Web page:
[29] Only consider how lawyers are helping advocate for such rights as the right of education, healthy environment etc which has perhaps provided impetus for more concerted government and institutional action in this regards. Examples such as The Child Rights Act and corresponding laws in the states; the Universal Basic Education (UBE) Act; The Gender Equality Bill (albeit unsuccessful, this raises awareness and increases consciousness); Schemes like the National health Insurance Scheme (NHIS) and its empowering Act are all ways that the law and legal mechanisms address the issues of development and sustainability.

[30]UBE Act, NHIS Act,

[31]The  Constitutional Right to Fair Hearing as guaranteed under Section 36 of the Constitution, High Court Laws, Laws Establishing Various Specialised Courts, Arbitration Act and other legislation regulating various aspects of dispute resolution all combine to make this possible.

[32]The World Bank Annual report, 2011 available at

[33]NESREA Act, other legislation on environment, and the domestication of various international conventions on the environment are testaments to the law’s significance in this regard.

[34]The NDDC Act; Gbemre V Shell(2005) AHRLR 151.Ebeku, Kaniye. Constitutional Right to a Healthy Environment and Human Rights Approaches to Environmental Protection in Nigeria: Gbemre v Shell Revisited. Review of European Community And International Environmental Law, Vol. 16, No. 3, Pp. 312-320

[35] Rule of Law and Development: Integrating the Rule of Law in the Post-2015 Development Framework, UNDP Issue Brief of January, 2013 available at

[36] United Nations Declaration on the Right to Development UNGA Res 41/128.

[37]The African Charter on Human and People’s Right, 1981

[38]Achieving a Transformative Post 2015 Development Agenda: the Contribution of the Rule of Law to Equity and Sustainability, Conference Report  of a Conference Organised by the Italian Ministry of Foreign Affairs, in the context of Italy’s Presidency of the Council of the European Union, in Collaboration with the International Development Law Organisation, July 21, 2014, Rome, Italy. Available at

[39] These would include Convention on Biological Diversity, Convention on the Rights of the Child, International Covenant on Civil and Political Rights and other political and economic conventions, United Nations Convention against Corruption, International Covenant on Economic, Social and Cultural Rights, The Rio and Stockholm Declarations, The Geneva conventions, The African charters, Kyoto Protocol and  Montreal Convention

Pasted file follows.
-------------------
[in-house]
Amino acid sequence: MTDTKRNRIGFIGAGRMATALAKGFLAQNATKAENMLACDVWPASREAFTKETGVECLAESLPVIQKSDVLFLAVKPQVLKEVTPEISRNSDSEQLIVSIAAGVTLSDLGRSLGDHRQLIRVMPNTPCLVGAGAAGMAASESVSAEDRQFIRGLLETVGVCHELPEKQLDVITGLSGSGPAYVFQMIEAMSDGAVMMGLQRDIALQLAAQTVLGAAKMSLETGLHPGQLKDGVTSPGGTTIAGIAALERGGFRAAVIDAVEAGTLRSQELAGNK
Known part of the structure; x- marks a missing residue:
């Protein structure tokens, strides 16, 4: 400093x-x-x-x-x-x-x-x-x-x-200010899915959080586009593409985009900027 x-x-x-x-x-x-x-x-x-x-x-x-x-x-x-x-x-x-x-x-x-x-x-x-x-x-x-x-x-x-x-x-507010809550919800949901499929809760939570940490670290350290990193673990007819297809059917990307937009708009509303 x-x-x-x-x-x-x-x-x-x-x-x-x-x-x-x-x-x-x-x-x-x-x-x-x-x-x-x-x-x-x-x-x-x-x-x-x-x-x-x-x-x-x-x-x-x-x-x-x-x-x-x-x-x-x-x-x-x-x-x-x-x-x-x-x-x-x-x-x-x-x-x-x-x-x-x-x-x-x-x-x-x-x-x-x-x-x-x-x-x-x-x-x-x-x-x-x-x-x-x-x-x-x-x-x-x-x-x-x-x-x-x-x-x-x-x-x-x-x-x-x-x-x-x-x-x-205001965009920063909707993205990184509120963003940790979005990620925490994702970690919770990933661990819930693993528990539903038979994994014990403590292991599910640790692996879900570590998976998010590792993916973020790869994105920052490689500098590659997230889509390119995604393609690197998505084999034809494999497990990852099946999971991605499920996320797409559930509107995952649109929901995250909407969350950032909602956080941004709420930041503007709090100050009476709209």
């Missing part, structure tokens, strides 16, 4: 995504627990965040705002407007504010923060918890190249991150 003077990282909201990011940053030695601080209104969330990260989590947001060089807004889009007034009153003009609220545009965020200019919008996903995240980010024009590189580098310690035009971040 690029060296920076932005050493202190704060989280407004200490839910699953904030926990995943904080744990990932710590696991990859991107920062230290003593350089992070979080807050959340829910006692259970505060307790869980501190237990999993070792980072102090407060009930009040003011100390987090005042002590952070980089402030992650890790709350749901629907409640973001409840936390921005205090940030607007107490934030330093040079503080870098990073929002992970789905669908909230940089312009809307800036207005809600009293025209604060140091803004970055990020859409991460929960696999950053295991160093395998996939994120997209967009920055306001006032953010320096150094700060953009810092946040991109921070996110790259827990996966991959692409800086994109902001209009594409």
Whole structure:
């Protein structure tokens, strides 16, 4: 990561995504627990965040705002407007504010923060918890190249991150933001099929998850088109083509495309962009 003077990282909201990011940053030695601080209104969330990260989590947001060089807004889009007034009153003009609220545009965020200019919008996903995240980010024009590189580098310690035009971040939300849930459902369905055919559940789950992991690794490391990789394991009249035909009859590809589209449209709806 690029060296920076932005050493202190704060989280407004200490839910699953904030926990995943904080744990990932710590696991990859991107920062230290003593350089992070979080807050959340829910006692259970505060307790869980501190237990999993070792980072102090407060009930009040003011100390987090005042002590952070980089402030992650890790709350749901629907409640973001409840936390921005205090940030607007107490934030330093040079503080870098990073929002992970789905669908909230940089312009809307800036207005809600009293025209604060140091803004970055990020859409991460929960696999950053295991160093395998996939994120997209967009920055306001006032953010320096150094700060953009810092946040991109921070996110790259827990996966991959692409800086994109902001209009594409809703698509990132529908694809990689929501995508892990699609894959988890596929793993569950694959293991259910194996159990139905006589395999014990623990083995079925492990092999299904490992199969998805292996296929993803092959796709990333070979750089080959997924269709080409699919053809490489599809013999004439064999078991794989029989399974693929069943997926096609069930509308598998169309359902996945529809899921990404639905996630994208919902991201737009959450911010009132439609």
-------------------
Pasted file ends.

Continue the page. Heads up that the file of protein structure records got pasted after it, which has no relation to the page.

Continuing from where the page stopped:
[40]Corruption Perceptions Index 2015. Transparency International. Available at

[41]Rule of Law Index 2015 by World Justice Project available at

[42] Shittu, Jubril. Towards Achieving Sustainable Development for All: Prioritising Targets for Implementation: Which Way Forward for Nigeria?, Centre for Public Policy Alternatives.

[43]Kaufman, Rauf.  Implication of the Post-2015 Sustainable Development Goals for Access to Justice in the United States, Fact Sheet Produced on July 28, 2015 for the National Centre for Access to Justice, Colombia Law School.

[44]To bring a process to court, have it accessed, take it back to the bank for payment, then bring it back for filing  The least that policy makers can do here is establish banking points at the establishments where clients can make payments if they lack faith in their agents to properly account for all monies received.

[45]Heinrich, Ron. The Least Dangerous Profession? Lawyers and the Rule of Law in the Commonwealth Today being text of speech at the Thirteenth Commonwealth Law Conference, held at Melbourne, Australia, April 17, 2003available at

[46] In this regard, the Extractive Industries Transparency Initiative  and the Nigeria Extractive Industries Transparency Initiative’s Programs and actions must be lauded.

[47] Universal Declaration of Human Rights, 1948; International Covenants on Economic, Social and Cultural Rights and on Civil and Political Rights 1966;  the Conventions on Elimination of Discrimination, Convention on the Rights of the Child and others.

[48]Berg, Louis-Alexandre and Desai, Deval. Background Paper: Overview of the Rule of Law and Sustainable Development for the Global Dialogue on Rule of Law and the post-2015 Development Agenda. Available at